A director’s overindulgence is to blame. When Suzie died and entered her personal heaven, everything felt so disconnected. Too much CGI effects used in this movie became so distracting, it broke down all the connections that were so beautifully built in the first half of the movie. It became so visually lovely that it overshadowed the harrowing ordeal of losing a child, a sister in the most brutal manner. Mr. Jackson had become so preoccupied with his vision of what Suzie’s perfect sort-of heaven should be like, when his focus should have been on the ones that were left behind – the people whom Suzie cannot let go of. All of a sudden, the script became lousy and some of the characters became useless. Case in point, Rachel Weisz who played Suzie’s mother. It was such a waste!

I wish Jackson had gotten over his fantasy kicks in LOTR, and had completely abandoned them in this movie. Had this movie been presented in a straight-forward fashion, this would have been perfect – the first half was. I guess it’s too bad for those who read and loved the book ‘coz this film had potential…

It could have been “just right” lovely.

Once

Once in a while, you stumble into something effortlessly beautiful.

Love. Music. Love for music.

In the streets of Dublin, a struggling musician finds a kindred soul. The two soon discover that they make good music together, and starts to collaborate on making a demo record.

A film about music artistry with undertones of a potential love story, Once reminds us that in between the lines and melodies, and stripped off  of all the business hullabaloo, music is the language of the human heart. Done with a very low budget, shot  like a home video, and with the two leads having little or no professional acting backgrounds, this indie film is as natural as it can get yet having the capacity to move and inspire. Sparse on the production, rich in heartfelt emotion.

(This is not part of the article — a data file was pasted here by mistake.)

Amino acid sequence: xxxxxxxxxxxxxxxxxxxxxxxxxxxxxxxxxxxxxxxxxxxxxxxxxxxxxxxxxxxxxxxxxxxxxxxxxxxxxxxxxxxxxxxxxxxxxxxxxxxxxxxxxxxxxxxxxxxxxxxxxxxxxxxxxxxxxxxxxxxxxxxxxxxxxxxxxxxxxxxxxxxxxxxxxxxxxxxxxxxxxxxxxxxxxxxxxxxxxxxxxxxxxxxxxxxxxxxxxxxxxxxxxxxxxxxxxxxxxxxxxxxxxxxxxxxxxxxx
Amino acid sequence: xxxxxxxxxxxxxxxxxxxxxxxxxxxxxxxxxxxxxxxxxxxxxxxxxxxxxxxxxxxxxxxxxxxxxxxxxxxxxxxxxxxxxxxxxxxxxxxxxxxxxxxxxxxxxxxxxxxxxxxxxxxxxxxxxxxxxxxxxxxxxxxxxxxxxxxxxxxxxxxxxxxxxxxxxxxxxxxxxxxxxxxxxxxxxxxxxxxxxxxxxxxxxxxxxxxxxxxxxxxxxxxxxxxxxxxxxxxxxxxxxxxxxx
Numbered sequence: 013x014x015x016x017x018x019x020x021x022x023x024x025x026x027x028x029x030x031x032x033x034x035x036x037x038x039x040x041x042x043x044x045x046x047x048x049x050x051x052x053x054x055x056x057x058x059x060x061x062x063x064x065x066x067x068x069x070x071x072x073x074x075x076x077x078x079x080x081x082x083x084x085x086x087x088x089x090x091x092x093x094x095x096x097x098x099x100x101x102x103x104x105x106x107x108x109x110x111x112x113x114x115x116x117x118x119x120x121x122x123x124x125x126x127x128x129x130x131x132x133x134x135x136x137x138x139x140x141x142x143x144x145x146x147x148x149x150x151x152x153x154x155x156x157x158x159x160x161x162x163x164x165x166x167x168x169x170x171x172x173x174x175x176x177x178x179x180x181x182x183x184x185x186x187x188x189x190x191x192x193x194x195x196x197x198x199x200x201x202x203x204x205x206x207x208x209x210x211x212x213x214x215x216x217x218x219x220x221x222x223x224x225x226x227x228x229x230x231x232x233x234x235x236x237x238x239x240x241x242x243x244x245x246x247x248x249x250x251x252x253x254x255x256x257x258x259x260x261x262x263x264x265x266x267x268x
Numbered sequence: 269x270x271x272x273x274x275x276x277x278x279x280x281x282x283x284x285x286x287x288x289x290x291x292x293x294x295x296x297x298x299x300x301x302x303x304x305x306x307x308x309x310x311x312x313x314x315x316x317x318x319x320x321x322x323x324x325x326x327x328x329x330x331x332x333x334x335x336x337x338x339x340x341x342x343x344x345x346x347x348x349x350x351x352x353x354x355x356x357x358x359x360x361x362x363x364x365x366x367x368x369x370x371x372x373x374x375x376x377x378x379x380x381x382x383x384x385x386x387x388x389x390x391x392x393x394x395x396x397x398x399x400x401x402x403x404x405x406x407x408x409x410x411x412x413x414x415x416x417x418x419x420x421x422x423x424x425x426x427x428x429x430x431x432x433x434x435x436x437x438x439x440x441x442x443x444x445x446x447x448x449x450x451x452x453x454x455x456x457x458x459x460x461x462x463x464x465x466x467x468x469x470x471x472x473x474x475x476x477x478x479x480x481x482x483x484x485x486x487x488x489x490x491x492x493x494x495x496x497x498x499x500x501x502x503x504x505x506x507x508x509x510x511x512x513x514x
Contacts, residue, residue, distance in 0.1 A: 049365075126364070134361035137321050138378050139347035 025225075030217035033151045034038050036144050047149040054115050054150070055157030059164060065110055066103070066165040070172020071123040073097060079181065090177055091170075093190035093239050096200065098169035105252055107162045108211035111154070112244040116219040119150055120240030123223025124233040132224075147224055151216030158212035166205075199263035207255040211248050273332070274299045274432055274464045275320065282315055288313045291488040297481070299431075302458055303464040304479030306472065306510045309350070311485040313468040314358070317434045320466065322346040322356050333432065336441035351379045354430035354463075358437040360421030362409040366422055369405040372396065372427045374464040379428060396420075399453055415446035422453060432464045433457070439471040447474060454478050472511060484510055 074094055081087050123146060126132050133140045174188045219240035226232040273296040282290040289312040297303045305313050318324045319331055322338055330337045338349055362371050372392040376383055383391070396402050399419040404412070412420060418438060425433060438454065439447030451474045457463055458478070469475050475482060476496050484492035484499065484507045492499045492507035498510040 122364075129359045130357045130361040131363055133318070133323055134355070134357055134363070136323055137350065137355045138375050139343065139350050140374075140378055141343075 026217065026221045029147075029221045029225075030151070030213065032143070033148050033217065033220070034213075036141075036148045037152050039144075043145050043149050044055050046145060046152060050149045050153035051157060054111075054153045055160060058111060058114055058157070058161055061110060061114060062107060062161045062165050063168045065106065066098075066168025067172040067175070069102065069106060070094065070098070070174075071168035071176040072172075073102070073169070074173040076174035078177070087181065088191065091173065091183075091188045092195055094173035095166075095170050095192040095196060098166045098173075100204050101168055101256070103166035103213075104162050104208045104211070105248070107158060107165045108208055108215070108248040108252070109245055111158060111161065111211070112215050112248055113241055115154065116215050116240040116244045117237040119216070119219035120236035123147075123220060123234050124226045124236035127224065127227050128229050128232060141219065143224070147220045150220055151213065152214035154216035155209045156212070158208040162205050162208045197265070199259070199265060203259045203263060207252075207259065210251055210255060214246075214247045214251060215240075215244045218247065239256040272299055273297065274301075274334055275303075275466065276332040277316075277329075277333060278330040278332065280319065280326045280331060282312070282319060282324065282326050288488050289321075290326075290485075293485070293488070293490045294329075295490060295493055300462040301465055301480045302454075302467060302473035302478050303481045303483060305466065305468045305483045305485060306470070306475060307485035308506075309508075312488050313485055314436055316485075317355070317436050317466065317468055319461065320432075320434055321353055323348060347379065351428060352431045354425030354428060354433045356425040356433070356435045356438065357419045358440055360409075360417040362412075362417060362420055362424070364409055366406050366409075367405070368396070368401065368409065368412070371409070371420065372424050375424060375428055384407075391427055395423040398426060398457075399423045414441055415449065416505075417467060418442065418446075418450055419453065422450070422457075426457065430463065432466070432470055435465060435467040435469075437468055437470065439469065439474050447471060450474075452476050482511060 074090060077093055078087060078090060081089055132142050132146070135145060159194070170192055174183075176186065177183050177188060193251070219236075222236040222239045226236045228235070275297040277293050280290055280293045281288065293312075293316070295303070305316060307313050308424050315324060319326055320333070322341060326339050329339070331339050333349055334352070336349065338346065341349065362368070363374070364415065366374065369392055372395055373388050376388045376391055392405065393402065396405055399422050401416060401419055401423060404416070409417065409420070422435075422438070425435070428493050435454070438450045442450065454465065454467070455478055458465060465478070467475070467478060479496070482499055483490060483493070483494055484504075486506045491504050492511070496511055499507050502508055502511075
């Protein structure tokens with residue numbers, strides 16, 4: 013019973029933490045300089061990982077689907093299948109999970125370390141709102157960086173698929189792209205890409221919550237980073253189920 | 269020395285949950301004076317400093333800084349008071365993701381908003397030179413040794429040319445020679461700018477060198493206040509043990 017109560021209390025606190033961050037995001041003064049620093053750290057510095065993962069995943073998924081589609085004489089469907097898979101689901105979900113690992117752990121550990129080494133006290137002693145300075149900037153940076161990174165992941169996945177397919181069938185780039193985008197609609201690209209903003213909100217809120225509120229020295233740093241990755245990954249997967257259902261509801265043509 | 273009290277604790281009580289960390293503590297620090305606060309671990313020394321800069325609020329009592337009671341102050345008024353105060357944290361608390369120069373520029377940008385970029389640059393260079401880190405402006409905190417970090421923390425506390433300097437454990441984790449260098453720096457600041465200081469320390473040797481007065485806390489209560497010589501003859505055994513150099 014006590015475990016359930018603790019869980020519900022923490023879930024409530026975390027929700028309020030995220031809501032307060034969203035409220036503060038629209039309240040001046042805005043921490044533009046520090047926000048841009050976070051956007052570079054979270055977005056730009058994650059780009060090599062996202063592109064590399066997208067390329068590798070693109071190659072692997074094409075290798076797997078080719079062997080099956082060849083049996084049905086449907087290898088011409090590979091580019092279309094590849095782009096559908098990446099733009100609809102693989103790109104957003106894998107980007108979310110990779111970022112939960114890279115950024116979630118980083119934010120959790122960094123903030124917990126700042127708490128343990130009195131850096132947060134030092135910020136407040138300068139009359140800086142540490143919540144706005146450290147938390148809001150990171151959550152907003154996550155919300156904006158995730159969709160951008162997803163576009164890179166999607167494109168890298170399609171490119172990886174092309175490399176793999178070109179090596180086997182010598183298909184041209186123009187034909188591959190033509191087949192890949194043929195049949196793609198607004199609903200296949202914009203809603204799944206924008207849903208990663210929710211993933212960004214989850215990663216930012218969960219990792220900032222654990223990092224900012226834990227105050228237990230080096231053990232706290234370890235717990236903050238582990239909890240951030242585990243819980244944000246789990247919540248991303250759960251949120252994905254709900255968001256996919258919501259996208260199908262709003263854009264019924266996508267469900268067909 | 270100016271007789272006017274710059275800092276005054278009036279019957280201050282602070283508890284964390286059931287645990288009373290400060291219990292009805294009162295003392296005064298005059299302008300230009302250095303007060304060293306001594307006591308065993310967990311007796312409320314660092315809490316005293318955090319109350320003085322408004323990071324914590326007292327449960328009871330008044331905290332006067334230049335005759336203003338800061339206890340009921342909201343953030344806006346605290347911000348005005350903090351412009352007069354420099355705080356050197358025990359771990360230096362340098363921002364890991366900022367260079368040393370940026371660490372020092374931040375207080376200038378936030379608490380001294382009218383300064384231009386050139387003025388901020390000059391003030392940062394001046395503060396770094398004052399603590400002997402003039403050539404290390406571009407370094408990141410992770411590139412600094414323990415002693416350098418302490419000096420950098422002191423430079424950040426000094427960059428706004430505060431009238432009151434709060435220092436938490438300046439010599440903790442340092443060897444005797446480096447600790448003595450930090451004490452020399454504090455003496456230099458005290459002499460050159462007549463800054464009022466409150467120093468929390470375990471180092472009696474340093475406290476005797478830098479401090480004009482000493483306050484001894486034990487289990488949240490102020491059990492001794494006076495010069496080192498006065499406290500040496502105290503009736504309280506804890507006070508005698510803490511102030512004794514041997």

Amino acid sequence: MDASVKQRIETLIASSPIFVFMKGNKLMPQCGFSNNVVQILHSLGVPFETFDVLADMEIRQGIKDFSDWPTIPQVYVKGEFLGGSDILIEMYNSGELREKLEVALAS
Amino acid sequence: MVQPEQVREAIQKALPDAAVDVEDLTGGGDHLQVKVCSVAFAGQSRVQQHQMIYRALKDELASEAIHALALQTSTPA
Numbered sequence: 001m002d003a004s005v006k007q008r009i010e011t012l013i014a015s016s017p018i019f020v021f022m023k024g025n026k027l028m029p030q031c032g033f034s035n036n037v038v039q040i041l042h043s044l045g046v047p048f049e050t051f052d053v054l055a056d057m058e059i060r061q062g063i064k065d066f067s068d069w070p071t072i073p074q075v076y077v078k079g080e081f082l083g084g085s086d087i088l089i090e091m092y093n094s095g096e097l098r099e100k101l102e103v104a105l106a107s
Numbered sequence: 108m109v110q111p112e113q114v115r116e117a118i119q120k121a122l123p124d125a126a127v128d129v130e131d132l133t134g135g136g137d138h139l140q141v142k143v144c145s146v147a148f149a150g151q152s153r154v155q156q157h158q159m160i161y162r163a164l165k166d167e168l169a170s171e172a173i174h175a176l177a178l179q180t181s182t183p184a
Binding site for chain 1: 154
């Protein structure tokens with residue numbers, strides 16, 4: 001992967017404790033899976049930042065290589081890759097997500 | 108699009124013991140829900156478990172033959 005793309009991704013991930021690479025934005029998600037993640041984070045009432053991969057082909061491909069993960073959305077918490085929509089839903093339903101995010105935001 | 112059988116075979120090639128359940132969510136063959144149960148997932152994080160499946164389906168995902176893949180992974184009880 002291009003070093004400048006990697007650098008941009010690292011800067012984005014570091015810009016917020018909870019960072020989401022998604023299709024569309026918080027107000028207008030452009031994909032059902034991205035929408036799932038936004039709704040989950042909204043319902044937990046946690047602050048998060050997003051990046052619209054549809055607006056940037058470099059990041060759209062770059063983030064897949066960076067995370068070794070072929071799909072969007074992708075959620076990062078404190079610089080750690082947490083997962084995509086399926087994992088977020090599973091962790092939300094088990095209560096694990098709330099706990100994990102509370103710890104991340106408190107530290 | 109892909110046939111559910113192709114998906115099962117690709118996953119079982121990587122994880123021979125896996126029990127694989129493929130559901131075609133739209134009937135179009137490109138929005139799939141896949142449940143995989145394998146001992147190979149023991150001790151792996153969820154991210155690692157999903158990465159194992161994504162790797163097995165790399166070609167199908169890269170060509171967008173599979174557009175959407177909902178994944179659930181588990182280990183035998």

The first time I heard the song Falling Slowly, I fell in love with it. This song, and most of the songs in the film, are collaborations between Glen Hansard and Marketa Irglova, the movie’s two lead characters who are real-life musicians, rather than actors. It’s really amazing how we get a glimpse of this collaborative process as it is being played out on-screen. Watching this movie, I wish that I were an artist myself. I wish I had that gift of self-expression, to turn raw emotions into another self-sustaining life form. I wish that I could also feel that gratification, that sense of pure bliss after having created something beautiful – like in that scene on the beach at dawn, after they’ve finished their demo recording.

But then again, I’ve accepted that some things come naturally to some people, but not to others. And that’s not too bad, ‘coz we can still live vicariously through their images, their songs, and their words. It doesn’t make the experience less real or less felt. There also exists a unique kind of joy in finding a connection, in discovering an image, a melody, or a line that seem to be made just for you. Sometimes even, it comes as a pleasant surprise.

Like stumbling into something like this that’s so effortlessly beautiful every once in a while.

Lloyd Dobler, where are you?

Twenty years ago, a guy thought of wooing a girl by camping outside her house, hoisting a boom box over his head, blaring Peter Gabriel’s In Your Eyes.

The guy was John Cusack, and it was in this 80’s movie Say Anything.

This scene was just classic. I’ve never seen the movie until a few days back but I have always known about this John Cusack boom box gesture. I don’t really remember how I knew about it, I just did – like it’s common knowledge.

I guess it is that iconic.

And I find this really amazing because come to think of it, everything about the scene was very basic. No dialogues, no special effects, no breathtaking scenery, no altercations, no tears. There was just this guy – a basic guy,  as Ione Skye’s character described him on their first date. He wore his heart out on his sleeve, and declared his love in a song. Well, the boom box did seem heavy but pretty much, that was it. Simple as it is though, it was very eloquent and right on target. A perfect moment – one that girls would surely want to experience and one that boys would want to copy, without worrying about the act being “uncool”.

It’s your usual love story. Boy and girl are polar opposites. The girl’s a mega-achiever who feels alienated from her peers. The guy’s a bit of a slacker but one who is smart, funny, kind, devoted, and noble. He shows her a world outside the confines of the prestigious academe. He shows her how to belong. They fall in love, put in the parental factor and some other conflict to break them up, but they eventually kiss and make up.

Again, the general plot is basic. But Cameron Crowe’s script is refreshing even after twenty years. There is something about this movie, and in all of his other films that I love, that is very truthful and earnest, minus the overkill. I loved how everything just seems to be falling into place – not rushed nor dragged, but naturally believable. That when they started to say that they love each other, they’re just mere affirmations.

I also loved the lines – a bit nerdy, a bit quirky, but never trying too hard to be anything.  Just to give you a sample, from now on, my definition of a date would be a prearrangement, with a possibility for love.